The Energy Information Agency reports that 2011 was the best year the country has had for oil production since the late 1990s. The biggest reason for that turnaround is a surge in drilling in Texas and North Dakota shale oil fields, according to a recent report by National Public Radio.
NPR reported that increased oil production in the United States has helped drive crude oil to its lowest price since last fall. "The U.S. Energy Information Agency says oil production in the country jumped 6 percent from October to March," the network reported. "The country is pumping out more crude each day than it has since the late 1990s."
The biggest reason for the increase in production is the new success companies are having getting oil out of shale rock formations, like the Eagle Ford in Texas and Bakken in North Dakota, the report stated.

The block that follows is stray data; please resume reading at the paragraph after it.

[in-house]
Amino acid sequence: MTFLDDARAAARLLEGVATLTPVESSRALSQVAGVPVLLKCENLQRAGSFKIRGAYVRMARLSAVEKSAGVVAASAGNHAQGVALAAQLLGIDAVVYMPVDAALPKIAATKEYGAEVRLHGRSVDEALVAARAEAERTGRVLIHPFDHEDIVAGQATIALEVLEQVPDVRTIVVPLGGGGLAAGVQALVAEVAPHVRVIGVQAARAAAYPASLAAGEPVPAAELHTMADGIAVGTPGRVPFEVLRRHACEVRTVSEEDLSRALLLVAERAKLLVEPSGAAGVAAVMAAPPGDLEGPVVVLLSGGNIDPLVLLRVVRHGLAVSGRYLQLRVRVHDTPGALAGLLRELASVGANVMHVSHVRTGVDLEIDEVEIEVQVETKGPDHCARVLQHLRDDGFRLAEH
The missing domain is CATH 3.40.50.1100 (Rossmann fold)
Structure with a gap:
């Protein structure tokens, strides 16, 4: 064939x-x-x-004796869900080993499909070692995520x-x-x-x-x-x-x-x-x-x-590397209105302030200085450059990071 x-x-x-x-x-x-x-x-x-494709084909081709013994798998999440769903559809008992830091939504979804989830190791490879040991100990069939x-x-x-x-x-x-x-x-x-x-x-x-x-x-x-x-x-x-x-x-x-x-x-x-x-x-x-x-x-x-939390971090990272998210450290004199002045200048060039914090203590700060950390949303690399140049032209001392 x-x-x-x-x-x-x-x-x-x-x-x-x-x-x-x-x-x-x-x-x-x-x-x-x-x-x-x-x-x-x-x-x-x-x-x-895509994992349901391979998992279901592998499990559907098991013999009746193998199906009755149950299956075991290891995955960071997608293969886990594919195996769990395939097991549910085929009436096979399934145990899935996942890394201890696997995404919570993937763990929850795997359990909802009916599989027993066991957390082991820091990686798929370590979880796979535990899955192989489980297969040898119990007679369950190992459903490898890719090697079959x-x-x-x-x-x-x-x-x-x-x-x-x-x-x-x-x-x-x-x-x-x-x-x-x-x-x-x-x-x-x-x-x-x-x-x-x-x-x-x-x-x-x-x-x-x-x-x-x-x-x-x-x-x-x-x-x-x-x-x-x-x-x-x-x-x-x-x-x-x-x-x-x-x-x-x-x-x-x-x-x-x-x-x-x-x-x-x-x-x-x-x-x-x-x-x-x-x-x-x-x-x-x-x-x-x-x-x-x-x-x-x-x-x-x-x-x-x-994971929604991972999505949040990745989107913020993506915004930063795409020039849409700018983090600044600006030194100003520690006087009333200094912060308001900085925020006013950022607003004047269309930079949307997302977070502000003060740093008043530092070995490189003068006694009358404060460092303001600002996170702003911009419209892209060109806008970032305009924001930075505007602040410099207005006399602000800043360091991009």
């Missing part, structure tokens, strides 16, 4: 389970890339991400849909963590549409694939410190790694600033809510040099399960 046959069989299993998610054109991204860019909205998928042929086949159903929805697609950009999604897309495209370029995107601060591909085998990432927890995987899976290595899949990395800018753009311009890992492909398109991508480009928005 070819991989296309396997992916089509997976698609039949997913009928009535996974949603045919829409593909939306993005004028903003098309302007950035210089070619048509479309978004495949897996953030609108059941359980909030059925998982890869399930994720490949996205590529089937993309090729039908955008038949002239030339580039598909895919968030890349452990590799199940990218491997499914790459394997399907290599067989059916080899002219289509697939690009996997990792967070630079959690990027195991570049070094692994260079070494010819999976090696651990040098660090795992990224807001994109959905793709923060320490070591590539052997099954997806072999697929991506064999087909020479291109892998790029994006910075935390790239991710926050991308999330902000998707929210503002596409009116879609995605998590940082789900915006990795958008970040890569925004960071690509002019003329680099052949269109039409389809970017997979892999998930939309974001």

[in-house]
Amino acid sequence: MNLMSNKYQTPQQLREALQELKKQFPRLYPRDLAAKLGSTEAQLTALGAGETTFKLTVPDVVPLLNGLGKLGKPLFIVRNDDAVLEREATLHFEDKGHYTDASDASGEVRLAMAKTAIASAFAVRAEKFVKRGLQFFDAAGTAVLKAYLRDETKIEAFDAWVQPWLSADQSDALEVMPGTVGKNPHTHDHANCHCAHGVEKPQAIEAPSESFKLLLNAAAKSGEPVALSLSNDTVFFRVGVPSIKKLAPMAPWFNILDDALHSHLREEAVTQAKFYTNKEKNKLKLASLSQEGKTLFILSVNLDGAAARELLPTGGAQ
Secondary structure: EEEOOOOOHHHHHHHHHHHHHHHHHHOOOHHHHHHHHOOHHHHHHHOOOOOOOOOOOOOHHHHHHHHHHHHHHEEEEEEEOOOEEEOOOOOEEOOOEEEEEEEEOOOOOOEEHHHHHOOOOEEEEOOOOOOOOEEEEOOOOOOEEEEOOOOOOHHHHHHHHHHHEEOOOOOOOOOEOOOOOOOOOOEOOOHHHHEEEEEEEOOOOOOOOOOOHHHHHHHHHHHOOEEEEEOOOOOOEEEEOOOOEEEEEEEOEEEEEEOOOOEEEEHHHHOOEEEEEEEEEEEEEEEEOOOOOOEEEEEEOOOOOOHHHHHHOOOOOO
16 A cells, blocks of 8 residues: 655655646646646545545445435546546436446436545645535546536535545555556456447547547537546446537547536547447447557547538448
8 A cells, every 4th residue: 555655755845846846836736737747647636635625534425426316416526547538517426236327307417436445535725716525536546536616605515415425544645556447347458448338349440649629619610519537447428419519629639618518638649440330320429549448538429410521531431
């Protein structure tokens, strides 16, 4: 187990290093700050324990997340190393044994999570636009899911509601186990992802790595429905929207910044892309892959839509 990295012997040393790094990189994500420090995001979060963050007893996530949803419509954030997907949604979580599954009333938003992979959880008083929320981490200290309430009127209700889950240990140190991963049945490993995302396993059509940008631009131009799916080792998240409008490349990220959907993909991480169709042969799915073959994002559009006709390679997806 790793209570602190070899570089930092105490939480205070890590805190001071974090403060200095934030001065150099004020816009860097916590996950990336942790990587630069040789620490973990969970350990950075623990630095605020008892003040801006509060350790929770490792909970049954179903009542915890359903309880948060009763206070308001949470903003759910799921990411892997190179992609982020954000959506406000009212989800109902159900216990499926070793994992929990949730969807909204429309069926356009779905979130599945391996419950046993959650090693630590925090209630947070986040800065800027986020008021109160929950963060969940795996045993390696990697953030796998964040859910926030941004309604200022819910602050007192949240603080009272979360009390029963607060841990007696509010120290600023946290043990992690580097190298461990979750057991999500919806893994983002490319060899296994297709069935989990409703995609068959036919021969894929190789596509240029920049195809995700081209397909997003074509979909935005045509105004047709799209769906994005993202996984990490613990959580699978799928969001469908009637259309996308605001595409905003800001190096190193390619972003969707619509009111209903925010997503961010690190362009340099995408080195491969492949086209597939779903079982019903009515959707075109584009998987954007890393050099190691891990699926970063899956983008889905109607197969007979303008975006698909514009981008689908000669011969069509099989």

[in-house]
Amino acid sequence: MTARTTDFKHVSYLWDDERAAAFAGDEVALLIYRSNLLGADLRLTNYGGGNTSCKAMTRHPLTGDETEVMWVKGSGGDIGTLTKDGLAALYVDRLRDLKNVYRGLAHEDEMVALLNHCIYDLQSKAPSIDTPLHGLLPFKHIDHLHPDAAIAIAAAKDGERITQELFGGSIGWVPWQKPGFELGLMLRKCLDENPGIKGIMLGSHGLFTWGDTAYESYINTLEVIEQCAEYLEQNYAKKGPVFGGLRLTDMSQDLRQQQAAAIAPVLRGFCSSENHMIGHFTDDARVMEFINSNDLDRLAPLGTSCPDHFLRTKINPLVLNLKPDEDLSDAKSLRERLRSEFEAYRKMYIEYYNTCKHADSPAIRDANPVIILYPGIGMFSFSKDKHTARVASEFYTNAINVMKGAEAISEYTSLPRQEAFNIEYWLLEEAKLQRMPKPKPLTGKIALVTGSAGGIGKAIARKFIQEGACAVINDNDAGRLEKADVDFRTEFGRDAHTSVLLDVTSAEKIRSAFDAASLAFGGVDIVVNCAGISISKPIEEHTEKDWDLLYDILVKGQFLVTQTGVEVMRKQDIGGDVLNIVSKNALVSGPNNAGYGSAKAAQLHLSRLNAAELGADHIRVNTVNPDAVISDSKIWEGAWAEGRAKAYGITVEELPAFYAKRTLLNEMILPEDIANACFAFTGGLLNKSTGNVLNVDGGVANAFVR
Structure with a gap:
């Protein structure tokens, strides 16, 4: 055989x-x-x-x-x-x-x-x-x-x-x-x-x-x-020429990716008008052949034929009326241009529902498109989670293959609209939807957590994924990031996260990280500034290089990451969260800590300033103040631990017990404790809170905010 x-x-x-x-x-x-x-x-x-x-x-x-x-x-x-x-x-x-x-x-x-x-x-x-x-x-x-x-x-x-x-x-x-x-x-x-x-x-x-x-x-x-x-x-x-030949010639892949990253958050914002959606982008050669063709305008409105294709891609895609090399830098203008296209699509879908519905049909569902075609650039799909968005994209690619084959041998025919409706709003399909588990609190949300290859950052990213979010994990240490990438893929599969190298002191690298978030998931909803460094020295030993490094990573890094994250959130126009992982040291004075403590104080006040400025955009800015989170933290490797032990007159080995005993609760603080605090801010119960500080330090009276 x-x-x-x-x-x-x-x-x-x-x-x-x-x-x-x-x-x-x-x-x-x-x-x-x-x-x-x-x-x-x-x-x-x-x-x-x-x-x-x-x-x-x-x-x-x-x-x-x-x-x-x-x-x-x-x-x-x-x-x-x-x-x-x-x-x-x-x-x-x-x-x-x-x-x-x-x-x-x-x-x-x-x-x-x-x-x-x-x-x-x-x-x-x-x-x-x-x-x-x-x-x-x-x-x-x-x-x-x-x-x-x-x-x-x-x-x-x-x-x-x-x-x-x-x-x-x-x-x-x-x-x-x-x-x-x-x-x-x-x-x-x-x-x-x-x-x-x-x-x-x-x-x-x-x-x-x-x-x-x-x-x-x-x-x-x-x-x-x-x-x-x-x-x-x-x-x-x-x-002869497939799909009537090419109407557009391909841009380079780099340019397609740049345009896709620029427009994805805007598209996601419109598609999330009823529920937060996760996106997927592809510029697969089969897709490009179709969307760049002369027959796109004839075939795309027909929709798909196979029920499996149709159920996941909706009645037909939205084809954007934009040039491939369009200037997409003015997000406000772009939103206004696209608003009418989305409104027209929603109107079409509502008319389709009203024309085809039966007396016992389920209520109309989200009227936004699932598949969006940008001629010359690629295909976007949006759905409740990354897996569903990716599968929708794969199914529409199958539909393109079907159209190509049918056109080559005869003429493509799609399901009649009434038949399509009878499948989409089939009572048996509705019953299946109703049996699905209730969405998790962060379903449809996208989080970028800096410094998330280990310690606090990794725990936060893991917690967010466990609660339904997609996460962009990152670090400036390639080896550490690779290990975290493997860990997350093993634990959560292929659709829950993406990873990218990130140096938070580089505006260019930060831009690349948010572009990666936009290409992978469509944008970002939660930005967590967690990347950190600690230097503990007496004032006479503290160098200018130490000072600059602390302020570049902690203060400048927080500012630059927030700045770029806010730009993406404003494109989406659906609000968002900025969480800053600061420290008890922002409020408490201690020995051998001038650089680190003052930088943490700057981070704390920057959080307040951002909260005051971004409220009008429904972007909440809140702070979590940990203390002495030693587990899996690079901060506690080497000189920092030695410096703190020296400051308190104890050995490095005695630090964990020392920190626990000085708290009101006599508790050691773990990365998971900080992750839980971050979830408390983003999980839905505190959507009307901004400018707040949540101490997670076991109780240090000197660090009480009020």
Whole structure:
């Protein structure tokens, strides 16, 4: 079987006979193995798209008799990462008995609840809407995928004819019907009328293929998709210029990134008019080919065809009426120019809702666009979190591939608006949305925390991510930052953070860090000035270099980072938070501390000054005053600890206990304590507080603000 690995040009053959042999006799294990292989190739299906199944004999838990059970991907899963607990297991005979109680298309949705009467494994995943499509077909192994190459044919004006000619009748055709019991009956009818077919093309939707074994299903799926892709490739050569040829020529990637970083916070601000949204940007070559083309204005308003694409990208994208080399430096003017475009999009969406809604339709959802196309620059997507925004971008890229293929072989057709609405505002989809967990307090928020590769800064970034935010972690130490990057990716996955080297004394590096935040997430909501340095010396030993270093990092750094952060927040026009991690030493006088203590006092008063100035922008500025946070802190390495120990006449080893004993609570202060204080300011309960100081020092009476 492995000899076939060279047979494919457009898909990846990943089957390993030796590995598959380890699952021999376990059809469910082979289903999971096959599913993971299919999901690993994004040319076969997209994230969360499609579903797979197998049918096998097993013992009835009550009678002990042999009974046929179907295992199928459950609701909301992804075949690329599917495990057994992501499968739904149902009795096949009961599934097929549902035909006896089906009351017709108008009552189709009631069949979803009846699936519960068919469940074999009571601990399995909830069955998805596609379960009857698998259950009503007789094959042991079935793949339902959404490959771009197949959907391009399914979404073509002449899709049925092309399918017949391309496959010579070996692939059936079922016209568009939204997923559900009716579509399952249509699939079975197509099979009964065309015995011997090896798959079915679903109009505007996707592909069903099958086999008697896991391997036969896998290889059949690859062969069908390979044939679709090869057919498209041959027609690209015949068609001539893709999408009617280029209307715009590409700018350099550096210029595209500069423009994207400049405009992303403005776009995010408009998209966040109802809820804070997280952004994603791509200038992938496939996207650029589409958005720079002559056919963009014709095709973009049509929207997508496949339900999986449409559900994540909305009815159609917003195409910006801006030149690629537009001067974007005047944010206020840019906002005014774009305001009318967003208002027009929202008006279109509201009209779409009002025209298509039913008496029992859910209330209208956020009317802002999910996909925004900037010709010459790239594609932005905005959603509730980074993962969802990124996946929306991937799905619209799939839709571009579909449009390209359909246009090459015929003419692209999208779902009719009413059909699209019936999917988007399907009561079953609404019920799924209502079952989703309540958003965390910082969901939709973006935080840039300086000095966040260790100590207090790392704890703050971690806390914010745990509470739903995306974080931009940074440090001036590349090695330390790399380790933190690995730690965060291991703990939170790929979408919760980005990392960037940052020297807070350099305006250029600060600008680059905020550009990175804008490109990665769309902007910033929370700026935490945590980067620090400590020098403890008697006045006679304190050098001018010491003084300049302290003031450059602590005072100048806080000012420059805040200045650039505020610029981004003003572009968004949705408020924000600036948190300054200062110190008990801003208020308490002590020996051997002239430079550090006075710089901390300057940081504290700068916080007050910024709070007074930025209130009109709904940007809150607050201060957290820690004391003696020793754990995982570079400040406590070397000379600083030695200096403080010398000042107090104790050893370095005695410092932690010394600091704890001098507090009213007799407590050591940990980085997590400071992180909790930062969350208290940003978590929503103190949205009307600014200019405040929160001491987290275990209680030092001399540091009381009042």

Amy Myers Jaffe, an energy expert at Rice University, called the change in U.S. production "transformative" and predicted that shale oil will bring about a renaissance of oil production in the United States that will keep reducing the country's dependence on foreign oil.
Energy analyst Kevin Book told NPR that the size of the oil reserves in North Dakota came as a surprise. "The potential is tremendous," he said. "Because one thing we know about shale is that it's basically everywhere." Ohio, California and Florida are other states that could join the new oil boom, according to NPR.
Click here to listen to the NPR report or read a transcript.